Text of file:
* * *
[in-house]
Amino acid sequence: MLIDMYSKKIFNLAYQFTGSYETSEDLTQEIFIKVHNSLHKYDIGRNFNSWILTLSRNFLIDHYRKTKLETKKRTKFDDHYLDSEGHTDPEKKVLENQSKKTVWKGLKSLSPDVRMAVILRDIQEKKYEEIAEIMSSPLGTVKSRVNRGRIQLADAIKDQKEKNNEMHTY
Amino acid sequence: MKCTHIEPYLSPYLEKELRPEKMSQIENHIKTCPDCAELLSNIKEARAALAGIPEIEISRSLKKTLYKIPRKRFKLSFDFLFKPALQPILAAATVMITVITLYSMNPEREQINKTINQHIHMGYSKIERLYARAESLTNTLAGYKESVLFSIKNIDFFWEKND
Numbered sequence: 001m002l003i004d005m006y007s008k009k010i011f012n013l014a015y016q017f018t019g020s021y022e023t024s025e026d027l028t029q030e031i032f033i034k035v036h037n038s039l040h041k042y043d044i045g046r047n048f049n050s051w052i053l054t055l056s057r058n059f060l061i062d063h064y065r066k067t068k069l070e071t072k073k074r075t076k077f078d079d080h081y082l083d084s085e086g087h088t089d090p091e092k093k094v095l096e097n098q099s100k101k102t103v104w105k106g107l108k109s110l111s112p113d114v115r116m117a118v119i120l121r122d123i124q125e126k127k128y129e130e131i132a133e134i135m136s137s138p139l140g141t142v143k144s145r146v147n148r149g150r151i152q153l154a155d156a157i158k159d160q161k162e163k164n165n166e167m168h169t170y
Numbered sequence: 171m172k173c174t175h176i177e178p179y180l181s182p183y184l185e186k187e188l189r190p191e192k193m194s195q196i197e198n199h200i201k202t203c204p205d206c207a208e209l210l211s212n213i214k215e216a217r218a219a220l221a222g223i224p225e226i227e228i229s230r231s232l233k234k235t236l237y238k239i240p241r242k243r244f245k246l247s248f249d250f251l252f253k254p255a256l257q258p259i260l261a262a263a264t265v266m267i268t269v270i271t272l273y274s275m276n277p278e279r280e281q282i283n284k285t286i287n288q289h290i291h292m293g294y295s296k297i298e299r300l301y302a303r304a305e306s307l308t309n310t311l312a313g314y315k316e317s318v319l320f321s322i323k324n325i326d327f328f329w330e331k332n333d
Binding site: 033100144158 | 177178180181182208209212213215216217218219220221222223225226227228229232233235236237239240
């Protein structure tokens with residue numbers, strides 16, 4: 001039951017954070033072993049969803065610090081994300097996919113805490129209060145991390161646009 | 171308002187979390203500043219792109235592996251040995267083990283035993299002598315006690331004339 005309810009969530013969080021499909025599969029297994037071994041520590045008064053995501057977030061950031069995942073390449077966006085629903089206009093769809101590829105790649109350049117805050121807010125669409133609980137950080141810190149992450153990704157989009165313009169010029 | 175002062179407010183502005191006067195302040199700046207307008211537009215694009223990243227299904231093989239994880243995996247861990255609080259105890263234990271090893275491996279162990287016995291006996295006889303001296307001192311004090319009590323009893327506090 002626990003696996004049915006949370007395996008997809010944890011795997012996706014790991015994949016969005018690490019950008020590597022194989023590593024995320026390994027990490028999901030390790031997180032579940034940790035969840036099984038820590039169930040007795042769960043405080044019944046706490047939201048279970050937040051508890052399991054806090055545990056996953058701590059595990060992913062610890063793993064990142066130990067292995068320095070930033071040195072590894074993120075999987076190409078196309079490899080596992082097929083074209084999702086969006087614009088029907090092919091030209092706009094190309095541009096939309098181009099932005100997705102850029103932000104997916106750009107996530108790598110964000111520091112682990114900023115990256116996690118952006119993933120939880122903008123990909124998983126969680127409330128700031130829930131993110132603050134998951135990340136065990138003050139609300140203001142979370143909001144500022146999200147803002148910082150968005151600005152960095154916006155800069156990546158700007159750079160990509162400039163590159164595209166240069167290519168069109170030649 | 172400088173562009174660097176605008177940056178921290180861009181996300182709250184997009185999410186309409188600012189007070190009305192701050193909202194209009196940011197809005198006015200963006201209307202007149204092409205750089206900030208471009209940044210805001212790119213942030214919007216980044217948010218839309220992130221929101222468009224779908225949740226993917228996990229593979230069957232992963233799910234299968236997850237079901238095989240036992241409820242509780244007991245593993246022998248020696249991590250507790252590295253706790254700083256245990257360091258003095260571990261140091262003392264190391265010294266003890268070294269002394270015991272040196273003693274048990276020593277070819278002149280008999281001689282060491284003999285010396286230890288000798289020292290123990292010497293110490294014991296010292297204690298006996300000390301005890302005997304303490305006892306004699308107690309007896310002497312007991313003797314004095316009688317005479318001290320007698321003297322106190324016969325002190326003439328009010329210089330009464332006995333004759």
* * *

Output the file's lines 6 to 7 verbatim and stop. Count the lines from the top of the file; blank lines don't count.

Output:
Binding site: 033100144158 | 177178180181182208209212213215216217218219220221222223225226227228229232233235236237239240
């Protein structure tokens with residue numbers, strides 16, 4: 001039951017954070033072993049969803065610090081994300097996919113805490129209060145991390161646009 | 171308002187979390203500043219792109235592996251040995267083990283035993299002598315006690331004339 005309810009969530013969080021499909025599969029297994037071994041520590045008064053995501057977030061950031069995942073390449077966006085629903089206009093769809101590829105790649109350049117805050121807010125669409133609980137950080141810190149992450153990704157989009165313009169010029 | 175002062179407010183502005191006067195302040199700046207307008211537009215694009223990243227299904231093989239994880243995996247861990255609080259105890263234990271090893275491996279162990287016995291006996295006889303001296307001192311004090319009590323009893327506090 002626990003696996004049915006949370007395996008997809010944890011795997012996706014790991015994949016969005018690490019950008020590597022194989023590593024995320026390994027990490028999901030390790031997180032579940034940790035969840036099984038820590039169930040007795042769960043405080044019944046706490047939201048279970050937040051508890052399991054806090055545990056996953058701590059595990060992913062610890063793993064990142066130990067292995068320095070930033071040195072590894074993120075999987076190409078196309079490899080596992082097929083074209084999702086969006087614009088029907090092919091030209092706009094190309095541009096939309098181009099932005100997705102850029103932000104997916106750009107996530108790598110964000111520091112682990114900023115990256116996690118952006119993933120939880122903008123990909124998983126969680127409330128700031130829930131993110132603050134998951135990340136065990138003050139609300140203001142979370143909001144500022146999200147803002148910082150968005151600005152960095154916006155800069156990546158700007159750079160990509162400039163590159164595209166240069167290519168069109170030649 | 172400088173562009174660097176605008177940056178921290180861009181996300182709250184997009185999410186309409188600012189007070190009305192701050193909202194209009196940011197809005198006015200963006201209307202007149204092409205750089206900030208471009209940044210805001212790119213942030214919007216980044217948010218839309220992130221929101222468009224779908225949740226993917228996990229593979230069957232992963233799910234299968236997850237079901238095989240036992241409820242509780244007991245593993246022998248020696249991590250507790252590295253706790254700083256245990257360091258003095260571990261140091262003392264190391265010294266003890268070294269002394270015991272040196273003693274048990276020593277070819278002149280008999281001689282060491284003999285010396286230890288000798289020292290123990292010497293110490294014991296010292297204690298006996300000390301005890302005997304303490305006892306004699308107690309007896310002497312007991313003797314004095316009688317005479318001290320007698321003297322106190324016969325002190326003439328009010329210089330009464332006995333004759």